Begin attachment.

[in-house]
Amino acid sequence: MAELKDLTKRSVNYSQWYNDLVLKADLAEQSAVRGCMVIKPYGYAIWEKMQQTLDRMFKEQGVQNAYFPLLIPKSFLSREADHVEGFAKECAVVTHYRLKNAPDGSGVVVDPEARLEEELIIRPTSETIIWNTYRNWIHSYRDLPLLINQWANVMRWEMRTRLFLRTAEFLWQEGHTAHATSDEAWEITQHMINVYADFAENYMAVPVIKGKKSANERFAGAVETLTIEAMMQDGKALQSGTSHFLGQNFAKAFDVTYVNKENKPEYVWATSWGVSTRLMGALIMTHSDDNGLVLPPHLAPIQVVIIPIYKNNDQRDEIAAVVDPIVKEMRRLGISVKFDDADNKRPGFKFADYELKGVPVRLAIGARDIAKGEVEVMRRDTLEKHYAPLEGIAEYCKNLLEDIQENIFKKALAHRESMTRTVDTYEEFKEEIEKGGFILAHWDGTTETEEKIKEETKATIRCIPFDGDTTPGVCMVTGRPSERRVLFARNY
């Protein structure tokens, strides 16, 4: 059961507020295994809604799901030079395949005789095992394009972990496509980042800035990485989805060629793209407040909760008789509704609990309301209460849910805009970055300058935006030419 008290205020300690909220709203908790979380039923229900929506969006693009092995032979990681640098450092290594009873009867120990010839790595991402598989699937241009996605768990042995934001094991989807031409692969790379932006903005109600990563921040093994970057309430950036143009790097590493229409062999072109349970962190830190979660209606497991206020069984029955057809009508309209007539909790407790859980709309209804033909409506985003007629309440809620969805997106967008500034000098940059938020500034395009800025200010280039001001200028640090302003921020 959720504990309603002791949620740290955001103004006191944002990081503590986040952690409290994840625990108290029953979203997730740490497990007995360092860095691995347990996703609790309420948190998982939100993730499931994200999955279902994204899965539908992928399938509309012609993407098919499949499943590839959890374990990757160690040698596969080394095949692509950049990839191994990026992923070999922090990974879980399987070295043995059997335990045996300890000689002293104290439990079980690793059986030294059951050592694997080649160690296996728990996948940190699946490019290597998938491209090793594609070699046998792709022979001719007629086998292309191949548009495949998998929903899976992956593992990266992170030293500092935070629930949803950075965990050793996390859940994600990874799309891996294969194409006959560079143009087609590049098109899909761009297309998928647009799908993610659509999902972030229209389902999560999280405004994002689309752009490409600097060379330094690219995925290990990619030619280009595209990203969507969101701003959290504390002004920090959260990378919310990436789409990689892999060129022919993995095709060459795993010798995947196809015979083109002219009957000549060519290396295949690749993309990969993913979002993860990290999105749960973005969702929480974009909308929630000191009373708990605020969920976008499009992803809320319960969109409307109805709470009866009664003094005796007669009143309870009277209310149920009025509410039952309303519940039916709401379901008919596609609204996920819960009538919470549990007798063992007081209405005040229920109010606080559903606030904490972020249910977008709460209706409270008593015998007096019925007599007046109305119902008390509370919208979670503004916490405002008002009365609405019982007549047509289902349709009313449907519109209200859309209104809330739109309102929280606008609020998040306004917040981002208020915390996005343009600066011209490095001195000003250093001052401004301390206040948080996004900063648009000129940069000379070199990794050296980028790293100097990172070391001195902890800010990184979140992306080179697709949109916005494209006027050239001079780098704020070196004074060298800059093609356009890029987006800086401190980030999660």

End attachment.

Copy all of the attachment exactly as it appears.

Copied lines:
[in-house]
Amino acid sequence: MAELKDLTKRSVNYSQWYNDLVLKADLAEQSAVRGCMVIKPYGYAIWEKMQQTLDRMFKEQGVQNAYFPLLIPKSFLSREADHVEGFAKECAVVTHYRLKNAPDGSGVVVDPEARLEEELIIRPTSETIIWNTYRNWIHSYRDLPLLINQWANVMRWEMRTRLFLRTAEFLWQEGHTAHATSDEAWEITQHMINVYADFAENYMAVPVIKGKKSANERFAGAVETLTIEAMMQDGKALQSGTSHFLGQNFAKAFDVTYVNKENKPEYVWATSWGVSTRLMGALIMTHSDDNGLVLPPHLAPIQVVIIPIYKNNDQRDEIAAVVDPIVKEMRRLGISVKFDDADNKRPGFKFADYELKGVPVRLAIGARDIAKGEVEVMRRDTLEKHYAPLEGIAEYCKNLLEDIQENIFKKALAHRESMTRTVDTYEEFKEEIEKGGFILAHWDGTTETEEKIKEETKATIRCIPFDGDTTPGVCMVTGRPSERRVLFARNY
């Protein structure tokens, strides 16, 4: 059961507020295994809604799901030079395949005789095992394009972990496509980042800035990485989805060629793209407040909760008789509704609990309301209460849910805009970055300058935006030419 008290205020300690909220709203908790979380039923229900929506969006693009092995032979990681640098450092290594009873009867120990010839790595991402598989699937241009996605768990042995934001094991989807031409692969790379932006903005109600990563921040093994970057309430950036143009790097590493229409062999072109349970962190830190979660209606497991206020069984029955057809009508309209007539909790407790859980709309209804033909409506985003007629309440809620969805997106967008500034000098940059938020500034395009800025200010280039001001200028640090302003921020 959720504990309603002791949620740290955001103004006191944002990081503590986040952690409290994840625990108290029953979203997730740490497990007995360092860095691995347990996703609790309420948190998982939100993730499931994200999955279902994204899965539908992928399938509309012609993407098919499949499943590839959890374990990757160690040698596969080394095949692509950049990839191994990026992923070999922090990974879980399987070295043995059997335990045996300890000689002293104290439990079980690793059986030294059951050592694997080649160690296996728990996948940190699946490019290597998938491209090793594609070699046998792709022979001719007629086998292309191949548009495949998998929903899976992956593992990266992170030293500092935070629930949803950075965990050793996390859940994600990874799309891996294969194409006959560079143009087609590049098109899909761009297309998928647009799908993610659509999902972030229209389902999560999280405004994002689309752009490409600097060379330094690219995925290990990619030619280009595209990203969507969101701003959290504390002004920090959260990378919310990436789409990689892999060129022919993995095709060459795993010798995947196809015979083109002219009957000549060519290396295949690749993309990969993913979002993860990290999105749960973005969702929480974009909308929630000191009373708990605020969920976008499009992803809320319960969109409307109805709470009866009664003094005796007669009143309870009277209310149920009025509410039952309303519940039916709401379901008919596609609204996920819960009538919470549990007798063992007081209405005040229920109010606080559903606030904490972020249910977008709460209706409270008593015998007096019925007599007046109305119902008390509370919208979670503004916490405002008002009365609405019982007549047509289902349709009313449907519109209200859309209104809330739109309102929280606008609020998040306004917040981002208020915390996005343009600066011209490095001195000003250093001052401004301390206040948080996004900063648009000129940069000379070199990794050296980028790293100097990172070391001195902890800010990184979140992306080179697709949109916005494209006027050239001079780098704020070196004074060298800059093609356009890029987006800086401190980030999660």